Take the 2-minute tour ×
Stack Overflow is a question and answer site for professional and enthusiast programmers. It's 100% free, no registration required.

Is there a way to push all my local commits to the remote repository except the most recent one? I'd like to keep the last one locally just in case I need to do an amend. Thanks.

share|improve this question

1 Answer 1

up vote 19 down vote accepted

Try this (assuming you're working with master branch and your remote is called origin):

git push origin HEAD^:master

HEAD^ points to the commit before the last one in the current branch (the last commit can be referred as HEAD) so this command pushes this commit (with all previous commits) to remote origin/master branch.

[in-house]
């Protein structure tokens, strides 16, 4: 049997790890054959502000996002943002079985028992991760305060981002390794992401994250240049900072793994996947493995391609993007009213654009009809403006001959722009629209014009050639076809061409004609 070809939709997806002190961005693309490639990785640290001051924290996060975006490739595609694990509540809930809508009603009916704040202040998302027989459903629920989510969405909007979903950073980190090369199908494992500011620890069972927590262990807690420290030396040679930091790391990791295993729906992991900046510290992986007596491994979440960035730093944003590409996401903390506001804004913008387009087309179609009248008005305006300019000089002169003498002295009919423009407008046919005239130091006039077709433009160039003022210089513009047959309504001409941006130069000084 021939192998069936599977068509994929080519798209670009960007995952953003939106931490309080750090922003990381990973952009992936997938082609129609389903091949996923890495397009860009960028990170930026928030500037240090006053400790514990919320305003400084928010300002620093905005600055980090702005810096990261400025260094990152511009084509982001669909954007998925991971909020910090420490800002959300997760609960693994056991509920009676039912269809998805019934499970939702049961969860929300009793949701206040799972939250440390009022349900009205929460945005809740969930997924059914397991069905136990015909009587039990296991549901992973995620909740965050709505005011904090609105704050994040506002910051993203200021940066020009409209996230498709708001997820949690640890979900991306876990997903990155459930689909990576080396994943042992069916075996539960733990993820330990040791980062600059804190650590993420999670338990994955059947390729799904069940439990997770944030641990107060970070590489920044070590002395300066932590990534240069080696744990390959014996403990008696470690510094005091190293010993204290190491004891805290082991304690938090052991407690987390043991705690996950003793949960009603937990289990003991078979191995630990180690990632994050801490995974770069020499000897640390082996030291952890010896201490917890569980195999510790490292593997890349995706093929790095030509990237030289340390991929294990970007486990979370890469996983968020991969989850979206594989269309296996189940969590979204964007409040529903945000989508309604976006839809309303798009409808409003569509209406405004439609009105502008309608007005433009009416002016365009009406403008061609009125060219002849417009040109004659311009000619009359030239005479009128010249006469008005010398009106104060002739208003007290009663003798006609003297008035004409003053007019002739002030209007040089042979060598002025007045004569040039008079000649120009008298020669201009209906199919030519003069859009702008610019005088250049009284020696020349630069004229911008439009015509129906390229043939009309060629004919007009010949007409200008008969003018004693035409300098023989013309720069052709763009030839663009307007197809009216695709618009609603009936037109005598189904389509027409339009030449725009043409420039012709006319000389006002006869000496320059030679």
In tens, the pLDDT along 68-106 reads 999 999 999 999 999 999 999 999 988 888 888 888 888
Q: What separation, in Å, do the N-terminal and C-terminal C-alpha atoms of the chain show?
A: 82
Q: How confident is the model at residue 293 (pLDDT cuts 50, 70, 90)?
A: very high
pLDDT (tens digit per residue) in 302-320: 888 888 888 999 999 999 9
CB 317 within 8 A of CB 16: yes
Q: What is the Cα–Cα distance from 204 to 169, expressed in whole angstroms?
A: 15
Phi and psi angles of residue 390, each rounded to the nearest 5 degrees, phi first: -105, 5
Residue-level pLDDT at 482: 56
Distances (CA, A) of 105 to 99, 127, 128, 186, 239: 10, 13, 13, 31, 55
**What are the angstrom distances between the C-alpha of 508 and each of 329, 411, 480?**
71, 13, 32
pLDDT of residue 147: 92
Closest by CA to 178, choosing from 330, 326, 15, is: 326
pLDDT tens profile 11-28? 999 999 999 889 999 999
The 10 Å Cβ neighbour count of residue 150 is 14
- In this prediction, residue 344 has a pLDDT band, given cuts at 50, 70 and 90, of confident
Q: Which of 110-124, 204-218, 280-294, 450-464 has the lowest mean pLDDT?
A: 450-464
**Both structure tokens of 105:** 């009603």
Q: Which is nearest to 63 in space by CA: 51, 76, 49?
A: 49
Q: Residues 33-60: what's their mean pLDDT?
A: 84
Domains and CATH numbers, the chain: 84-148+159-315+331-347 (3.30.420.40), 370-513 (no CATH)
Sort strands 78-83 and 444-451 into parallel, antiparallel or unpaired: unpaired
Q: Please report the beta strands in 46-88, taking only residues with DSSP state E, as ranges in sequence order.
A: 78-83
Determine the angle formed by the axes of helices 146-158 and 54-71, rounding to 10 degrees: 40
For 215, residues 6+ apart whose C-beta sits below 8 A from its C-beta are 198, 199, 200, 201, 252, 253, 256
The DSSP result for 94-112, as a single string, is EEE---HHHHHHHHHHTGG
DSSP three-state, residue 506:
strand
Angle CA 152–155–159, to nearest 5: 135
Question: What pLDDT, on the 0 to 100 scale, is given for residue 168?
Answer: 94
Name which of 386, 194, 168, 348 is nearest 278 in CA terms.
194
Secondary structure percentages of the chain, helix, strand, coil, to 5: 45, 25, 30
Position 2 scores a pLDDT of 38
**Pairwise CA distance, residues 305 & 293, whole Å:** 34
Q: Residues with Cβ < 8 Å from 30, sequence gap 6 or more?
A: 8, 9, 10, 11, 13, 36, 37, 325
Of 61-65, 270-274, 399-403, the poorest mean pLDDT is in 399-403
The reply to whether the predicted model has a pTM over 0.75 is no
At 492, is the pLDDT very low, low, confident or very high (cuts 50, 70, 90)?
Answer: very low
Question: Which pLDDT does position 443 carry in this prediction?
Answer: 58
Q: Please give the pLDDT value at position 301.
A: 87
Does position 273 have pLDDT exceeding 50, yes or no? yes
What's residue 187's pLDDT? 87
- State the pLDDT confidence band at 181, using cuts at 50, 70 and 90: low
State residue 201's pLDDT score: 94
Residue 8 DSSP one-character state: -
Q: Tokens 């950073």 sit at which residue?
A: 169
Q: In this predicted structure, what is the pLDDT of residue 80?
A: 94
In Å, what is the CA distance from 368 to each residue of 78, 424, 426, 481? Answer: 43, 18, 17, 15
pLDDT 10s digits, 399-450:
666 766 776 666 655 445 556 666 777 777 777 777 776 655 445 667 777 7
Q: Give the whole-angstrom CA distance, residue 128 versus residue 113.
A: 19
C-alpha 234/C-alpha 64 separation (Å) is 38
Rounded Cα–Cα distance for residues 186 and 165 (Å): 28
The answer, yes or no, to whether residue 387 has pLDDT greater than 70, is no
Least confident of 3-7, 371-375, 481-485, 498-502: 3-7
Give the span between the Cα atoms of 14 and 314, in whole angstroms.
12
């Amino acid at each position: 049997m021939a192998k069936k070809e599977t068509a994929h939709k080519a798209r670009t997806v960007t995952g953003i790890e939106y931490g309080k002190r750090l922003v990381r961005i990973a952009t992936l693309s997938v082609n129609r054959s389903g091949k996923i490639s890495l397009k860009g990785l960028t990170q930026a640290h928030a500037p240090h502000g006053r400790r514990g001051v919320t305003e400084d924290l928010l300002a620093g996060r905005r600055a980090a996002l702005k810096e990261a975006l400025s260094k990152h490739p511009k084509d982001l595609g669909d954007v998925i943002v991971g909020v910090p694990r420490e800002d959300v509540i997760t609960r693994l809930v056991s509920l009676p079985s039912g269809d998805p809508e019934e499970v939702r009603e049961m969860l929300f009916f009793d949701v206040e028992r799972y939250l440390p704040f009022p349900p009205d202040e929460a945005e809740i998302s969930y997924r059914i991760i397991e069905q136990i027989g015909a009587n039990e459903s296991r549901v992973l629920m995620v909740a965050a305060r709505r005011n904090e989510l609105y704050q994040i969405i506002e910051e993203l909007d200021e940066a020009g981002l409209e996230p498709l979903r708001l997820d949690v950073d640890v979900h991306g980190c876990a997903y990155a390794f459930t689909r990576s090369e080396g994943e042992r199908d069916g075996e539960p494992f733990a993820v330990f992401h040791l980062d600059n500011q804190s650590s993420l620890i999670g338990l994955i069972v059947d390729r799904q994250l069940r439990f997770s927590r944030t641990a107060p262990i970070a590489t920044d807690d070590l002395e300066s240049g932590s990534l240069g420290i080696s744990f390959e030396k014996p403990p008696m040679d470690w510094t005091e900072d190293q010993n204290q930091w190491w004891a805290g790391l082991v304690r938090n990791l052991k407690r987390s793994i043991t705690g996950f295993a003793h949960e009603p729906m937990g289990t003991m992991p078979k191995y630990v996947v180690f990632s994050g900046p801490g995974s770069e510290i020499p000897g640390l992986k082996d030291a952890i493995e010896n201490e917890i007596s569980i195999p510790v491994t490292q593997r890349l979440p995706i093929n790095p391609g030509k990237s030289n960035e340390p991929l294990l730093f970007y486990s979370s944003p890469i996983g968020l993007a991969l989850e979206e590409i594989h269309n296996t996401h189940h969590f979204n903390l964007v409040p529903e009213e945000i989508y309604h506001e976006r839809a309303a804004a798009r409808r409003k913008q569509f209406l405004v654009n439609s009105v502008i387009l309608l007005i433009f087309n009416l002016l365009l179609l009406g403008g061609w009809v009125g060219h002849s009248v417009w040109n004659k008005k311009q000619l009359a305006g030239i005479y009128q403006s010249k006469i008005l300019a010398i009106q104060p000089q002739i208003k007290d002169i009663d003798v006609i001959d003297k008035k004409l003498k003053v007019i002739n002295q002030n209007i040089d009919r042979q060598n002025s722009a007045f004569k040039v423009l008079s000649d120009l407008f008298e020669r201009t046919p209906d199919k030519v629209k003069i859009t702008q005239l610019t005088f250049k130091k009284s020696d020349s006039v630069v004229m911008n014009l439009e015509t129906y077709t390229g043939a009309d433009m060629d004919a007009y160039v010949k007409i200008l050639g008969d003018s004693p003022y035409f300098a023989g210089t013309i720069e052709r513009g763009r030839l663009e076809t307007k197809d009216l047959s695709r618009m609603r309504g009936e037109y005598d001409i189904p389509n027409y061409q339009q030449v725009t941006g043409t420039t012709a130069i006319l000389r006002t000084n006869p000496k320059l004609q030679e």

In case you're interested you can find more information about specifying revisions in this man page.

Update: I doubt that's the case, but anyway, you should be careful with that command if your last commit is merge. With merge commit in the HEAD HEAD^ refers to the first parent of that commit, HEAD^2 - to its second parent, etc.

share|improve this answer

Your Answer


By posting your answer, you agree to the privacy policy and terms of service.

Not the answer you're looking for? Browse other questions tagged or ask your own question.